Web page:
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The following outline provides a high-level overview of the FTC’s proposed final rule:

  • The final rule bans new noncompetes with all workers, including senior executives after the effective date.
    • Specifically, the final rule provides that it is an unfair method of competition—and therefore a violation of Section 5 of the FTC Act—for employers to enter into noncompetes with workers after the effective date.
  • For existing noncompetes, the final rule adopts a different approach for senior executives than for other workers. For senior executives, existing noncompetes can remain in force. Existing noncompetes with workers other than senior executives are not enforceable after the effective date of the final rule.
    • Fewer than 1% of workers are estimated to be senior executives under the final rule.
    • Specifically, the final rule defines the term “senior executive” to refer to workers earning more than $151,164 annually who are in a “policy-making position.”
  • The FTC estimates that banning noncompetes will result in:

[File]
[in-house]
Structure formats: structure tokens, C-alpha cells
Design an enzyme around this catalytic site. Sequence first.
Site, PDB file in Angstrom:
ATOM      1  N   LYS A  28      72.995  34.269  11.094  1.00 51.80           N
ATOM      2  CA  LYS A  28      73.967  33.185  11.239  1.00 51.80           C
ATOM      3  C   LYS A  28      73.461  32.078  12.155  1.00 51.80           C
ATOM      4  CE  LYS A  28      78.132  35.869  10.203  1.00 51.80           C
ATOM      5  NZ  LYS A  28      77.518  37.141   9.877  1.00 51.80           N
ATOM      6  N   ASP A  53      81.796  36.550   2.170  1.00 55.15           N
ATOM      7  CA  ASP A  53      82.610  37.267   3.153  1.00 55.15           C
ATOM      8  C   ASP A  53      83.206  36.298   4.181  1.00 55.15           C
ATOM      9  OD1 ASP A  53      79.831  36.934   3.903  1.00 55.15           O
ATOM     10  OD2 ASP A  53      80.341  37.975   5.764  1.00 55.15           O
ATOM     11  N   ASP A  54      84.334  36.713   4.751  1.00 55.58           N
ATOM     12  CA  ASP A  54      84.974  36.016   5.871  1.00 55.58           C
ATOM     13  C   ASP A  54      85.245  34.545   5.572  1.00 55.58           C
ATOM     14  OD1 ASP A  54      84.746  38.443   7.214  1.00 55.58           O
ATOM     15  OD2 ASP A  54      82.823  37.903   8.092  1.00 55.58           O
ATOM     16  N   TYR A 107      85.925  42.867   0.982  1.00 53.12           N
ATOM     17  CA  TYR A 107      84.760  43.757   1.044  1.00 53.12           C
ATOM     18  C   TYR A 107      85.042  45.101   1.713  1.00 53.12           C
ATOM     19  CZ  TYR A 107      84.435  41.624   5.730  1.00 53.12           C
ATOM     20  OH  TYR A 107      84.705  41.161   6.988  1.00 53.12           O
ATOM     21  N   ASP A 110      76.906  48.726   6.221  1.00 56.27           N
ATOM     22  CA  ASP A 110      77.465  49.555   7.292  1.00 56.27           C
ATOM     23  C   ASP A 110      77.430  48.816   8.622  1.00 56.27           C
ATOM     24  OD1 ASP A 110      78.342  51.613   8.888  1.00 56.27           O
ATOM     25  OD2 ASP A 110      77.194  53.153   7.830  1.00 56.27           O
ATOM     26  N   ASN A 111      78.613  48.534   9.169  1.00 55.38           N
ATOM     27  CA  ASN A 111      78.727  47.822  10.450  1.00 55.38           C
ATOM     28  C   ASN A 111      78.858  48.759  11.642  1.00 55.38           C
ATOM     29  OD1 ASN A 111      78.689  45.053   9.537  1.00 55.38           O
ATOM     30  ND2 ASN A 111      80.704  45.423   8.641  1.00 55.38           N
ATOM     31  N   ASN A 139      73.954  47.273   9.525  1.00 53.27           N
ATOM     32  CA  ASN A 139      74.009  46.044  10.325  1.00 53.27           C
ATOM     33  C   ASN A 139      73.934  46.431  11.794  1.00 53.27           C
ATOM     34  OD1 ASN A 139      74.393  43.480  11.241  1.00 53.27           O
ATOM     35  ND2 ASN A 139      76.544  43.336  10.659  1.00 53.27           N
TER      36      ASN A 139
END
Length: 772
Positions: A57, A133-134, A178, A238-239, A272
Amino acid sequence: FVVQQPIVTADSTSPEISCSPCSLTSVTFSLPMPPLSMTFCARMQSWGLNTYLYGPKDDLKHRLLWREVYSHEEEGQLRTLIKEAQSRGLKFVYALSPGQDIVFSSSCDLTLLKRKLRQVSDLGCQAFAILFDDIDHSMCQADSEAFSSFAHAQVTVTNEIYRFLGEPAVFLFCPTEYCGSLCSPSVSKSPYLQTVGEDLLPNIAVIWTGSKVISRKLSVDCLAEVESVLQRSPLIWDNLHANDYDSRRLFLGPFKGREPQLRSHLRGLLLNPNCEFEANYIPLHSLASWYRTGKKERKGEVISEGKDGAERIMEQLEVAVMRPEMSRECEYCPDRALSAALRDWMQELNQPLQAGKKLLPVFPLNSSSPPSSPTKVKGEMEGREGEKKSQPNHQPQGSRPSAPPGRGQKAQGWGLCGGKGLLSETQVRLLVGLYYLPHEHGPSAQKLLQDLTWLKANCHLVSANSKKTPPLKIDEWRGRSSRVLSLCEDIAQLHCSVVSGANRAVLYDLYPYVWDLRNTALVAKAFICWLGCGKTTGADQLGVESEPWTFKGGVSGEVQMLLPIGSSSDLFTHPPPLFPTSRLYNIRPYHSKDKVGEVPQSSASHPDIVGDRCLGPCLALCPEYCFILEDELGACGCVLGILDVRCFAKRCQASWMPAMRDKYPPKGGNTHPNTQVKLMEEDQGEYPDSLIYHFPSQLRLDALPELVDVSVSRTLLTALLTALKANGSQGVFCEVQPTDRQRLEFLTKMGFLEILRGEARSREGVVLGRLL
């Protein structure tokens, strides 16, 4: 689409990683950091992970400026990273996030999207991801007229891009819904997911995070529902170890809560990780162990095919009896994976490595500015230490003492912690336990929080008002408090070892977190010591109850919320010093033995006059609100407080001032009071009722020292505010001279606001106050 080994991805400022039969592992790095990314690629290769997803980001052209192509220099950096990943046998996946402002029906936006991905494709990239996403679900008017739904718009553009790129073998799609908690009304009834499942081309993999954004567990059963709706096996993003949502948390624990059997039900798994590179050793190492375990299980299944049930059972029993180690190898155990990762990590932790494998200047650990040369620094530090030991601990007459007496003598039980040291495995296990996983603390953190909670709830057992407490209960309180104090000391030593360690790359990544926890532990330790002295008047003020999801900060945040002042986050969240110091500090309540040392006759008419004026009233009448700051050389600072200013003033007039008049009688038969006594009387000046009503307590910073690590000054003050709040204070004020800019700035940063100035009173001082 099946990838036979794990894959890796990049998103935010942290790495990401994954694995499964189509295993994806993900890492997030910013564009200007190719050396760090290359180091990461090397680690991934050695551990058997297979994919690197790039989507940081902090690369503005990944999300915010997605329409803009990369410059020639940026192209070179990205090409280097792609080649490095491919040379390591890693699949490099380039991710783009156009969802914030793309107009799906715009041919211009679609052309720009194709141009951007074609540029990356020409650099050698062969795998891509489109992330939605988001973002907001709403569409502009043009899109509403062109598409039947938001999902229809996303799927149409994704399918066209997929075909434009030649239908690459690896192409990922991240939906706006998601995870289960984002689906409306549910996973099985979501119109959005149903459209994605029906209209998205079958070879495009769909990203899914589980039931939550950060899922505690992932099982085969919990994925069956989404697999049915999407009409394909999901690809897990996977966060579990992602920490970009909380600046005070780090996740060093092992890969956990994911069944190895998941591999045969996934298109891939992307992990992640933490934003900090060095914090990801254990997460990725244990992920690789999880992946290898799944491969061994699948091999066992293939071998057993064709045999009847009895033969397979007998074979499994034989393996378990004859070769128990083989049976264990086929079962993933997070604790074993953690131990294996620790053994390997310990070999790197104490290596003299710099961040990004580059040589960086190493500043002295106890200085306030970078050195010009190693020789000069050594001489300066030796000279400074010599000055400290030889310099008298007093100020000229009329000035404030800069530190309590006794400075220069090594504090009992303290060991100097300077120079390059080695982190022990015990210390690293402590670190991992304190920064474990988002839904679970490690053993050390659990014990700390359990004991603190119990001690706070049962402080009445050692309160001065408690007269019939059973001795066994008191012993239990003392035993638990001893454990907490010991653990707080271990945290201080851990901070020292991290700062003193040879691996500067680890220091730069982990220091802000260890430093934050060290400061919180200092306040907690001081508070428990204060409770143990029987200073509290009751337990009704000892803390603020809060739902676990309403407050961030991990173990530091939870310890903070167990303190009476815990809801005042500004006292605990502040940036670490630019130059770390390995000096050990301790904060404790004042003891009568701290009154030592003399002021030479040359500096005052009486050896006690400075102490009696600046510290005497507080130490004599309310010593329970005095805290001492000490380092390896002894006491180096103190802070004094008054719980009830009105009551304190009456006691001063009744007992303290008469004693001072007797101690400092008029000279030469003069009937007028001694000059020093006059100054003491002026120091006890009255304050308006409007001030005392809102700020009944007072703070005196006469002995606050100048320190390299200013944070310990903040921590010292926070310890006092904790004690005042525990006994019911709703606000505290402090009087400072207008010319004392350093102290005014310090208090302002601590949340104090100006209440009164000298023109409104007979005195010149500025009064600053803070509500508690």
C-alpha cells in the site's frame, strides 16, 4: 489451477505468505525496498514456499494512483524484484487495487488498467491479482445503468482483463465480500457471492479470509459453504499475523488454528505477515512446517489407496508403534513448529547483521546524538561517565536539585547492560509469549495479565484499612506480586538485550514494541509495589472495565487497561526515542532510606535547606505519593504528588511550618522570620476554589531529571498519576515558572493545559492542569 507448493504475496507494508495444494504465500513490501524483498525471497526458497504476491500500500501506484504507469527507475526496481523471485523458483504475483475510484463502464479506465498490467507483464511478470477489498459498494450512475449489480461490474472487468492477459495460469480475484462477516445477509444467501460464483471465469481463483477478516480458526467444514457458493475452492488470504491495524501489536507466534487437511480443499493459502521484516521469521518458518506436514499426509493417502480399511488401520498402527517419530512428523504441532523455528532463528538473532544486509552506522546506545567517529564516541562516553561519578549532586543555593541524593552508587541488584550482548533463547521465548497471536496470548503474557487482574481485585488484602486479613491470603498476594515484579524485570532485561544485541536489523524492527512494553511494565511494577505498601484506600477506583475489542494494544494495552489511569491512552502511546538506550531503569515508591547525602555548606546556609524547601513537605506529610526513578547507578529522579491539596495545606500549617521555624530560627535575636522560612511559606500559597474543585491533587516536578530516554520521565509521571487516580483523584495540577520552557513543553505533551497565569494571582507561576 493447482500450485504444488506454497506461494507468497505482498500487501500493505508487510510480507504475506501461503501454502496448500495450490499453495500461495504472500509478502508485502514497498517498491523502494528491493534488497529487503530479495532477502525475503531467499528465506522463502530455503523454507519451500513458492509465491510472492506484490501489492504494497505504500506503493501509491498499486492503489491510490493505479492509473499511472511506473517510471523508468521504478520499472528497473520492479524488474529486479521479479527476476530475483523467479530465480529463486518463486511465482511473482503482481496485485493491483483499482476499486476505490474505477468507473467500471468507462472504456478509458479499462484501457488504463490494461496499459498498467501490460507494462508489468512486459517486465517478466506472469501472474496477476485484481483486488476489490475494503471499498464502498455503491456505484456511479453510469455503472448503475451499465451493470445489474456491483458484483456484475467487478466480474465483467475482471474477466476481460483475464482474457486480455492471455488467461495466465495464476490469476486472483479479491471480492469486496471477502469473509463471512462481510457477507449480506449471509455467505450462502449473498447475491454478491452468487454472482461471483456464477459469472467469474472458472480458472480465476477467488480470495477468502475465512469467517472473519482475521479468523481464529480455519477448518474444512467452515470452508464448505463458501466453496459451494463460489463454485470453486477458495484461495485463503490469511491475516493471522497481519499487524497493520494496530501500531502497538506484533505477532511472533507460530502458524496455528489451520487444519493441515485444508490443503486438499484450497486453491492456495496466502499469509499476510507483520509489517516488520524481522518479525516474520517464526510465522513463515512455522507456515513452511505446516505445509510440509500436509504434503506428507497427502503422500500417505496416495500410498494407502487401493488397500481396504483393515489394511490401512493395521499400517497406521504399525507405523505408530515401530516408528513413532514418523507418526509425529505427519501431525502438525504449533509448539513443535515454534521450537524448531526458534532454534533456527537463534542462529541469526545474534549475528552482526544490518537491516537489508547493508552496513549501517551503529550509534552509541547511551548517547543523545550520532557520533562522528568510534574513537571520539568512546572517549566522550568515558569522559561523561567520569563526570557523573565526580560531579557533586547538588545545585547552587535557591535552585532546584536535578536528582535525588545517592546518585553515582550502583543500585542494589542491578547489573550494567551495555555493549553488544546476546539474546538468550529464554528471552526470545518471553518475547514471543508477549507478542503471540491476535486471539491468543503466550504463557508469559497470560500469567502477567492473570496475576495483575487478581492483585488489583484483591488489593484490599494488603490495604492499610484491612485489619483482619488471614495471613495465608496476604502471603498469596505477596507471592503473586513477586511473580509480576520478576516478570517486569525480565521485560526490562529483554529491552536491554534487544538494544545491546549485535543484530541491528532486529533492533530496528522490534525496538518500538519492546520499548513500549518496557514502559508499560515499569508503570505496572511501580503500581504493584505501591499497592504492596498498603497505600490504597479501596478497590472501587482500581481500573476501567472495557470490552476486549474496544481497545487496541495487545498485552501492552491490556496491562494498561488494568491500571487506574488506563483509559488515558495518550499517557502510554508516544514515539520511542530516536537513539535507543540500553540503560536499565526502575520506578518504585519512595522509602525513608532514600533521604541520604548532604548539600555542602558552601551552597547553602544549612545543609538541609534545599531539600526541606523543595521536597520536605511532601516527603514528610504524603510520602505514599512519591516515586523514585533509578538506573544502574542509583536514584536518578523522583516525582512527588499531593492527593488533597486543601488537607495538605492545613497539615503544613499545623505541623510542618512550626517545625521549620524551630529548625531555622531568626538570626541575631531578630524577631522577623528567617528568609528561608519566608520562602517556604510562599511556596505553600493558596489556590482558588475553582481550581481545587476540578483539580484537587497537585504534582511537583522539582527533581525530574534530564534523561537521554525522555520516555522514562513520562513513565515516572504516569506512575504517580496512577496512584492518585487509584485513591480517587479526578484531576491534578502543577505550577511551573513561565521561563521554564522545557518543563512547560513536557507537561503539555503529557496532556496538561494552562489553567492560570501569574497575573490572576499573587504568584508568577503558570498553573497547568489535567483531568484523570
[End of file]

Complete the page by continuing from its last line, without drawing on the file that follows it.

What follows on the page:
• Reduced health care costs: $74-$194 billion in reduced spending on physician services over the next decade.
    • New business formation: 2.7% increase in the rate of new firm formation, resulting in over 8,500 additional new businesses created each year.
    • Rise in innovation: an average of 17,000-29,000 more patents each year for the next ten years.
      • This reflects an estimated increase of about 3,000 to 5,000 new patents in the first year noncompetes are banned, rising to about 30,000-53,000 in the tenth year.
      • This represents an estimated increase of 11-19% annually over a ten-year period.
    • Higher worker earnings: $400-$488 billion in increased wages for workers over the next decade.
      • The average worker’s earnings will rise an estimated extra $524 per year. 

The Federal Trade Commission develops policy initiatives on issues that affect competition, consumers, and the U.S. economy. The FTC will never demand money, make threats, tell you to transfer money, or promise you a prize. Follow the FTC on social media, read consumer alerts and the business blog, and sign up to get the latest FTC news and alerts.

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